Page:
Interest Only Mortgages, is it Right for me?

There are many common misperceptions about interest only home loans and home loan rates in general. The first one many people have is that people believe all they will ever do is pay interest and never pay off the principal of their mortgage. This is not true; an interest only home loan can best be described as a mortgage that allows the borrower to pay only the interest of the loan for a specified period of time typically during the first 2 to 10 years of the loan.

You may be wondering why anybody would want to pay interest for up to one third of the loan’s lifetime. Well believe it or not doing it this way actually makes the home more affordable as you are excluded to pay the amount of monthly payment that makes up the principal of the home loan, therefore lowering the total payment. Also paying the interest early gives you some leverage as why pay down the mortgage at 6% when a portion of that payment could be invested somewhere else with a higher return?

The interest only mortgage seems to be very popular with those who are house buying for the first time. Recent research showed that the amount of first time buyers taking out an interest only mortgage rose to 18%. The mortgage could be popular because the rates of interest are usually a lot lower than a repayment mortgage. Due to this it is the only type of mortgage that many starting out to buy can afford.

However while low rates of interest are a good thing the down side is that when the term of the mortgage comes to an end you will still owe the same amount of money that you started out owing. If you do not have a means of paying this then of course you would have to take out another loan.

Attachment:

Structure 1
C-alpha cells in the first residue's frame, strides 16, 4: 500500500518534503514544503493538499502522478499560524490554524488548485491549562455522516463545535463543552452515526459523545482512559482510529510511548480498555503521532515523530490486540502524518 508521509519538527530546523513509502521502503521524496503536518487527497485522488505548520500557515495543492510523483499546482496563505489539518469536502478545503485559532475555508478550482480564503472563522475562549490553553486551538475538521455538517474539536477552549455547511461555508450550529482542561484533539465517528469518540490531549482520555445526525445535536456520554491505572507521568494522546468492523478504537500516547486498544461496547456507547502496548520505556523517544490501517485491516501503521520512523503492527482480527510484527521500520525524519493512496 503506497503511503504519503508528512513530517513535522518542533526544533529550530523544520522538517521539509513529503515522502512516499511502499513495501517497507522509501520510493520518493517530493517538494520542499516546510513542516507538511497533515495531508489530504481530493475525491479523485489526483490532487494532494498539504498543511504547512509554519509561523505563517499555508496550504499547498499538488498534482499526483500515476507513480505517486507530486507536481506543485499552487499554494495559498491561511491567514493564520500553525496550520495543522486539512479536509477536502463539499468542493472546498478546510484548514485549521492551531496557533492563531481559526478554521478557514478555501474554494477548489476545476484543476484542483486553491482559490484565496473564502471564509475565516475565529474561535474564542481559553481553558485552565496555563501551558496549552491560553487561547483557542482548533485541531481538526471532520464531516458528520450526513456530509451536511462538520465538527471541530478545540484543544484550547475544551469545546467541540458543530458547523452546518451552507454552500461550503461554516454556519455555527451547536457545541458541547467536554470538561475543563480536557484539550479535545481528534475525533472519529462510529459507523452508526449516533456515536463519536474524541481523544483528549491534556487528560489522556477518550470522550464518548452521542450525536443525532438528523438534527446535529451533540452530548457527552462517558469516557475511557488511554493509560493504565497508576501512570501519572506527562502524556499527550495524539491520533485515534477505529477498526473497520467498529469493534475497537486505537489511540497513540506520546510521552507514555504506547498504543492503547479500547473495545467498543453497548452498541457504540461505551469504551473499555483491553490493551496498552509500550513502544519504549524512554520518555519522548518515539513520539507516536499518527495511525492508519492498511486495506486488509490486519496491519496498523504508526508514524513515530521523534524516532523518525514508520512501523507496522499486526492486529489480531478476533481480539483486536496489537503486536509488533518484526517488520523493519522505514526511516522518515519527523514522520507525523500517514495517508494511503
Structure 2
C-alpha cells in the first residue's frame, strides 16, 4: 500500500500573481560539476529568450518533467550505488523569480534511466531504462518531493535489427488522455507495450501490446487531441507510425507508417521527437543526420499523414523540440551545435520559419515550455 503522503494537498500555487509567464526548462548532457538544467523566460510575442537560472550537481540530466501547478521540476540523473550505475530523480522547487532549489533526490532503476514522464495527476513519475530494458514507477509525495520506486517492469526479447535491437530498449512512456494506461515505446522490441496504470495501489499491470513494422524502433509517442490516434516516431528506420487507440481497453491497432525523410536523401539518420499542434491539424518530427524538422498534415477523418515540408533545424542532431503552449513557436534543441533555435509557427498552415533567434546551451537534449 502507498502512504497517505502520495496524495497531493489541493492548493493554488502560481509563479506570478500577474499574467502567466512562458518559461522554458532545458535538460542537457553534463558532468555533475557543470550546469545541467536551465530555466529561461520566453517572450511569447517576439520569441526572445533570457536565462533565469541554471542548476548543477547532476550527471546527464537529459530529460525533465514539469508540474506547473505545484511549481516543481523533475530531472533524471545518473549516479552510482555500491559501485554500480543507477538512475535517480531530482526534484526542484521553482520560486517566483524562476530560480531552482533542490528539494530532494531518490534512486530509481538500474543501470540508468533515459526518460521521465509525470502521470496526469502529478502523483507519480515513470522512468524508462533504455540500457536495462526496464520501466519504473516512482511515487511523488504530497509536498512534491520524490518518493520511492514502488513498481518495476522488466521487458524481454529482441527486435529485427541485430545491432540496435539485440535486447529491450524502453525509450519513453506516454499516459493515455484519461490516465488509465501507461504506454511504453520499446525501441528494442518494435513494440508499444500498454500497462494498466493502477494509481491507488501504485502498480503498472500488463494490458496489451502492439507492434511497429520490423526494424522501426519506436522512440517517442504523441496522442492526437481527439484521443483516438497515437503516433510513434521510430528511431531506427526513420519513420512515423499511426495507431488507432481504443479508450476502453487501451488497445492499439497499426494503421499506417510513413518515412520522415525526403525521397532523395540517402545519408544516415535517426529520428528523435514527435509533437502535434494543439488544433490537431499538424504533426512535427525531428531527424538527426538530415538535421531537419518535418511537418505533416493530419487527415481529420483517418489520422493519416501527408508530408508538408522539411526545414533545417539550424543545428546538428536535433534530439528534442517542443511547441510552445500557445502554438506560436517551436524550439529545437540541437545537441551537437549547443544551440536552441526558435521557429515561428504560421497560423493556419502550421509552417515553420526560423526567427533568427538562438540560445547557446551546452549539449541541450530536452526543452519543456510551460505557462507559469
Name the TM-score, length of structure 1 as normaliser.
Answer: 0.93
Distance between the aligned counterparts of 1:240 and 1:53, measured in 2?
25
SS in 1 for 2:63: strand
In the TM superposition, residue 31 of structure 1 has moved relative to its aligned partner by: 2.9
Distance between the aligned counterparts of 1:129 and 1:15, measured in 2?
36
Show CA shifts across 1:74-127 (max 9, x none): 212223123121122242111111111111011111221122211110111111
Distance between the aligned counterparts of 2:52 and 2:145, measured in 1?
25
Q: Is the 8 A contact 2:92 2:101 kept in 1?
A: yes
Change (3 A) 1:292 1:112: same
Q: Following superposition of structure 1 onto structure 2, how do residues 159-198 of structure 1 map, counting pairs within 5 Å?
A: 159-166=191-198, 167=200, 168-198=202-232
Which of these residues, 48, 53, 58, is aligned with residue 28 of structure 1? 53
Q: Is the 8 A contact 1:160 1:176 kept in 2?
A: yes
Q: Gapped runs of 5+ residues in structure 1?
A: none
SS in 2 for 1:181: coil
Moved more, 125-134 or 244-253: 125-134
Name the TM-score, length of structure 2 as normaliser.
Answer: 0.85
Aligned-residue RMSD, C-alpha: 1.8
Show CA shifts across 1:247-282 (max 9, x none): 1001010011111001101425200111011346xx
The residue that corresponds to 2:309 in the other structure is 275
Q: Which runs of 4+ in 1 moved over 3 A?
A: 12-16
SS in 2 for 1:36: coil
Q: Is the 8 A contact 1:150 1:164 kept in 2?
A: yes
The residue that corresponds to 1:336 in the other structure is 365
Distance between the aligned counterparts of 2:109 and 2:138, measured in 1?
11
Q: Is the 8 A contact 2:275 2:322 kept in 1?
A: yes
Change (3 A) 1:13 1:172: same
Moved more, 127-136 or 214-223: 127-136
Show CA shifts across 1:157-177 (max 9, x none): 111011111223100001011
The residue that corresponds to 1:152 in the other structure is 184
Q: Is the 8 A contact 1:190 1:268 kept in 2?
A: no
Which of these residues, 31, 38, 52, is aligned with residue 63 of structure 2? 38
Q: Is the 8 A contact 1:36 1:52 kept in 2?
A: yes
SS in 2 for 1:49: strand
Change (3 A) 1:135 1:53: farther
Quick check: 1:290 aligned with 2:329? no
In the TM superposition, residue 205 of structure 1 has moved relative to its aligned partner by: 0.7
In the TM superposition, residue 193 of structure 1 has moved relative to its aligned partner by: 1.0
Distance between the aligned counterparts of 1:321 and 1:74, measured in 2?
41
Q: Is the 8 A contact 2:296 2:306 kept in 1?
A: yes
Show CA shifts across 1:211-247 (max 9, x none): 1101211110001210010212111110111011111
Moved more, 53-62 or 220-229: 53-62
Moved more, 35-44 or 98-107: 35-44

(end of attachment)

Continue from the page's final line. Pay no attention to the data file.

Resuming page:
Lenders have perhaps become a little slack with this type of loan because years ago you would have to be able to prove to them that you had means of repaying the capitol at the end of the mortgage. Today you can take out an interest only mortgage and having to find the capitol is only mentioned on the bottom of the mortgage agreement.

Ideally those taking out this type of mortgage should have some form of investment that they are able to fall back on and so use it to repay the capitol of the loan. While the interest only mortgage does give the cheapest rates of interest over the long term it is one of the dearest types of mortgage.

If you want to check out the rates of interest that come with interest only mortgages then go with a specialist website. You can get several quotes together on one page which makes comparing quotes easy and quick. You also have to take into account the small print of any loan you are considering as this is where you can find the added costs. Costs such as set up fees can vary widely from lender to lender so it is worthwhile choosing a mortgage with low costs or costs that have been waivered. The small print can include valuation fees and a lump sum payment if you should want to switch mortgages within a certain time frame of taking out the mortgage.